A local union president is turning the tables on Near North School Board chair Jay Aspin by demanding he apologizes for leaking teacher redundancy numbers on social media before releasing them to the teachers first.
Near North Elementary Teachers Federation of Ontario local president, Rob Hammond told BayToday he's upset that Aspin said a union president created a great deal of unnecessary fear and anxiety amongst its members over redundancy numbers.
"It’s unfortunate the leader of the union for OSSTF (Glen Hodgson, President, District 4, Ontario Secondary School Teachers’ Federation) has taken such a radical approach to the process this year. This has created a great deal of unnecessary fear and anxiety with his members," said Aspin in an email to BayToday.
But Hammond says it's Aspin that has actually done that to ETFO members when somebody on his board leaked the numbers to the public.
"Our numbers were never made public," he said. "We were trying to protect our members until the GSNs (Grants for Student Needs) came out."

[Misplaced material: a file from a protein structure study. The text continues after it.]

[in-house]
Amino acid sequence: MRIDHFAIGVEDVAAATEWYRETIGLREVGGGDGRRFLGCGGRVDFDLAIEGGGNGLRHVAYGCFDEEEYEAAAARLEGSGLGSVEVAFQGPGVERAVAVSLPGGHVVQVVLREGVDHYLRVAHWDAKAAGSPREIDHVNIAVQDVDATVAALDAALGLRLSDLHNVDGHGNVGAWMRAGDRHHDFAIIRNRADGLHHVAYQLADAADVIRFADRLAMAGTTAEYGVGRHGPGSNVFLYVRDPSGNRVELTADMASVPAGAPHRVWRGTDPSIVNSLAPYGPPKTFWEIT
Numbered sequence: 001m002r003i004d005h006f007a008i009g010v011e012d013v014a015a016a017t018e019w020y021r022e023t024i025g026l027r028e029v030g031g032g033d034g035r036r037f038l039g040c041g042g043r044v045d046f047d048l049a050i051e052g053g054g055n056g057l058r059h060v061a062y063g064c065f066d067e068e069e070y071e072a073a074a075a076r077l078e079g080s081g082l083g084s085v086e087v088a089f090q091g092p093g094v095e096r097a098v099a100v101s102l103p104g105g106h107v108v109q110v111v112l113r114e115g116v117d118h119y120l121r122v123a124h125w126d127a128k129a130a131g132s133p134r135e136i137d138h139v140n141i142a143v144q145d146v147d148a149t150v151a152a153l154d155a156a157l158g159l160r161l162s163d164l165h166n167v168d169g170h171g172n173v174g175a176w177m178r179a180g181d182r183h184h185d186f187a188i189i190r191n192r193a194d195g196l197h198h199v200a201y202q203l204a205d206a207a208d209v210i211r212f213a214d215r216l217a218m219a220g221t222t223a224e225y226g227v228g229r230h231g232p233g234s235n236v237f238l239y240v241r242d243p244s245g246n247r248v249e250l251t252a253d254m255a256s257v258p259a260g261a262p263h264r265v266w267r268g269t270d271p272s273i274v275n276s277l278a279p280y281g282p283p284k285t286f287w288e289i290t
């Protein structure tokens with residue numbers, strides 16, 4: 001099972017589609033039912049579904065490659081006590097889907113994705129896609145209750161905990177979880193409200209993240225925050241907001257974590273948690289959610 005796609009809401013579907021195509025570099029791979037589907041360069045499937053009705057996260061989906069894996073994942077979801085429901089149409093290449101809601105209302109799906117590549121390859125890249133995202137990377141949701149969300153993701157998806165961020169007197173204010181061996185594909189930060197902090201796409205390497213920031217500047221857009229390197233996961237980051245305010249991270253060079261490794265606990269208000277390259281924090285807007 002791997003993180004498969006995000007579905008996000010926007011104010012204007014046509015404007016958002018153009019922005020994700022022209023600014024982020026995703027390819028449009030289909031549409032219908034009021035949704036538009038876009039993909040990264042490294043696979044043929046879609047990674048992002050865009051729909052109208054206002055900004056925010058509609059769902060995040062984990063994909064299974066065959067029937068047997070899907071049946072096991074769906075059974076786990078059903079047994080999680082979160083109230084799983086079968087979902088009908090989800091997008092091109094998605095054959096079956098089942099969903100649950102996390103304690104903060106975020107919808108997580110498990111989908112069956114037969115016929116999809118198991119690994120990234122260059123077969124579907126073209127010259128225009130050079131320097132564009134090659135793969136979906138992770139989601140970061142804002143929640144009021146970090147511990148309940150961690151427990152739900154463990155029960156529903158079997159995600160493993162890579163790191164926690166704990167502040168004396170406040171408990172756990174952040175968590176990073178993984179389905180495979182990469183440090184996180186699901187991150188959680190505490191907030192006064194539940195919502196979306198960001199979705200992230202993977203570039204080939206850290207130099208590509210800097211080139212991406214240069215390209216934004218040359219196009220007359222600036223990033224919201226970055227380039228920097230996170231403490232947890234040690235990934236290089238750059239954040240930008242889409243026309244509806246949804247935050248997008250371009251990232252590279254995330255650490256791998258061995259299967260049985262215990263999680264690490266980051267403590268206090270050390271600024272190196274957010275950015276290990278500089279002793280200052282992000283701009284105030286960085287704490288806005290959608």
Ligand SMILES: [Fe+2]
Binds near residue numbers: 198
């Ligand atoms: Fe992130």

Those aren't expected until next week.
Aspin also wrote, "If I am proven right within the next couple of months, I think letters of apologies to our teachers from the Union President may well be a nice gesture to atone for the unnecessary anxiety he has created for our dedicated secondary teachers."
"There will be no apology from me." says Hammond. "I'm demanding that Mr. Aspin issue an apology to the teachers of the Near North Teacher Local for creating fear and anxiety by releasing the projections by the Near North School Board."
Hammond says a record turnout of teachers attended a union meeting last night in which Director of Education Jackie Young was invited to explain why the board's numbers were so high.
A big part of the problem is the provincial government has still not released the Grants for Student Needs numbers, forcing school boards to guesstimate what they can budget for. Those numbers allow the boards to predict a more accurate number of redundancies and are usually out in March. So at this point, the school board has no idea how much funding it is getting.
Schools boards are forced to make those projections according to their collective agreements.
"This should have been done five or six weeks ago but it didn't happen," says Hammond. "Fedeli has failed to turn his homework in so the school boards can actually give an accurate assessment of what the layoffs are going to be."
Hammond says the Board has projected 80 elementary teacher layoffs out of 472 members, not all of which are fulltime, so he says that number could go higher.